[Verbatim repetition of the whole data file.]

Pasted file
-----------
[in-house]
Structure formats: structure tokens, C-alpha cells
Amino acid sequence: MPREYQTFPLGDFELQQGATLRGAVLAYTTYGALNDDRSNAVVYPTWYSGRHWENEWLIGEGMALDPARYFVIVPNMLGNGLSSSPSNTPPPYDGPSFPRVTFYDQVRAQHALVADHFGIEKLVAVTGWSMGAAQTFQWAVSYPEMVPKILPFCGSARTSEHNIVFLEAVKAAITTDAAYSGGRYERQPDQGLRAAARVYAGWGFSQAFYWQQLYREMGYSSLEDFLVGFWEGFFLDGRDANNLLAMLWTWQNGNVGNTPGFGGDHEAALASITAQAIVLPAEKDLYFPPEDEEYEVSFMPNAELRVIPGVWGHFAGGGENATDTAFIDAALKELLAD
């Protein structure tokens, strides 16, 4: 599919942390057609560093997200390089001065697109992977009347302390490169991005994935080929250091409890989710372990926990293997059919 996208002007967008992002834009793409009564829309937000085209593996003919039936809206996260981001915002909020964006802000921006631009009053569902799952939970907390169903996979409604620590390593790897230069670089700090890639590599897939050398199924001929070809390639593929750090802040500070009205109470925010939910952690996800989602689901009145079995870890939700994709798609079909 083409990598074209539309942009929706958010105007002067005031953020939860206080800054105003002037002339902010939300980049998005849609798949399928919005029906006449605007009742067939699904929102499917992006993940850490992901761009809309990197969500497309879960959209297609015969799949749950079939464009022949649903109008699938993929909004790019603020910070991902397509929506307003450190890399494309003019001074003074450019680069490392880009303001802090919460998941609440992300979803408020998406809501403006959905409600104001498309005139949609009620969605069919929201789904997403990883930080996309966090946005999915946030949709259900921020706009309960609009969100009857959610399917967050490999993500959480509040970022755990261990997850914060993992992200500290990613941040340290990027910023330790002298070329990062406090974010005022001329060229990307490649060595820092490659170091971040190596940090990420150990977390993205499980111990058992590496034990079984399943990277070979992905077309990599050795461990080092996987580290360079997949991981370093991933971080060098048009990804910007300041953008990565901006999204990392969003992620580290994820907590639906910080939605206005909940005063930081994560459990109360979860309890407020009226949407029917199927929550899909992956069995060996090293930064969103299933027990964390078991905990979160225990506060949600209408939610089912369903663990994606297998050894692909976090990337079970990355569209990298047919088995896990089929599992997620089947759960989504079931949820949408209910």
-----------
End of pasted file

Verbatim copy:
[in-house]
Structure formats: structure tokens, C-alpha cells
Amino acid sequence: MPREYQTFPLGDFELQQGATLRGAVLAYTTYGALNDDRSNAVVYPTWYSGRHWENEWLIGEGMALDPARYFVIVPNMLGNGLSSSPSNTPPPYDGPSFPRVTFYDQVRAQHALVADHFGIEKLVAVTGWSMGAAQTFQWAVSYPEMVPKILPFCGSARTSEHNIVFLEAVKAAITTDAAYSGGRYERQPDQGLRAAARVYAGWGFSQAFYWQQLYREMGYSSLEDFLVGFWEGFFLDGRDANNLLAMLWTWQNGNVGNTPGFGGDHEAALASITAQAIVLPAEKDLYFPPEDEEYEVSFMPNAELRVIPGVWGHFAGGGENATDTAFIDAALKELLAD
């Protein structure tokens, strides 16, 4: 599919942390057609560093997200390089001065697109992977009347302390490169991005994935080929250091409890989710372990926990293997059919 996208002007967008992002834009793409009564829309937000085209593996003919039936809206996260981001915002909020964006802000921006631009009053569902799952939970907390169903996979409604620590390593790897230069670089700090890639590599897939050398199924001929070809390639593929750090802040500070009205109470925010939910952690996800989602689901009145079995870890939700994709798609079909 083409990598074209539309942009929706958010105007002067005031953020939860206080800054105003002037002339902010939300980049998005849609798949399928919005029906006449605007009742067939699904929102499917992006993940850490992901761009809309990197969500497309879960959209297609015969799949749950079939464009022949649903109008699938993929909004790019603020910070991902397509929506307003450190890399494309003019001074003074450019680069490392880009303001802090919460998941609440992300979803408020998406809501403006959905409600104001498309005139949609009620969605069919929201789904997403990883930080996309966090946005999915946030949709259900921020706009309960609009969100009857959610399917967050490999993500959480509040970022755990261990997850914060993992992200500290990613941040340290990027910023330790002298070329990062406090974010005022001329060229990307490649060595820092490659170091971040190596940090990420150990977390993205499980111990058992590496034990079984399943990277070979992905077309990599050795461990080092996987580290360079997949991981370093991933971080060098048009990804910007300041953008990565901006999204990392969003992620580290994820907590639906910080939605206005909940005063930081994560459990109360979860309890407020009226949407029917199927929550899909992956069995060996090293930064969103299933027990964390078991905990979160225990506060949600209408939610089912369903663990994606297998050894692909976090990337079970990355569209990298047919088995896990089929599992997620089947759960989504079931949820949408209910």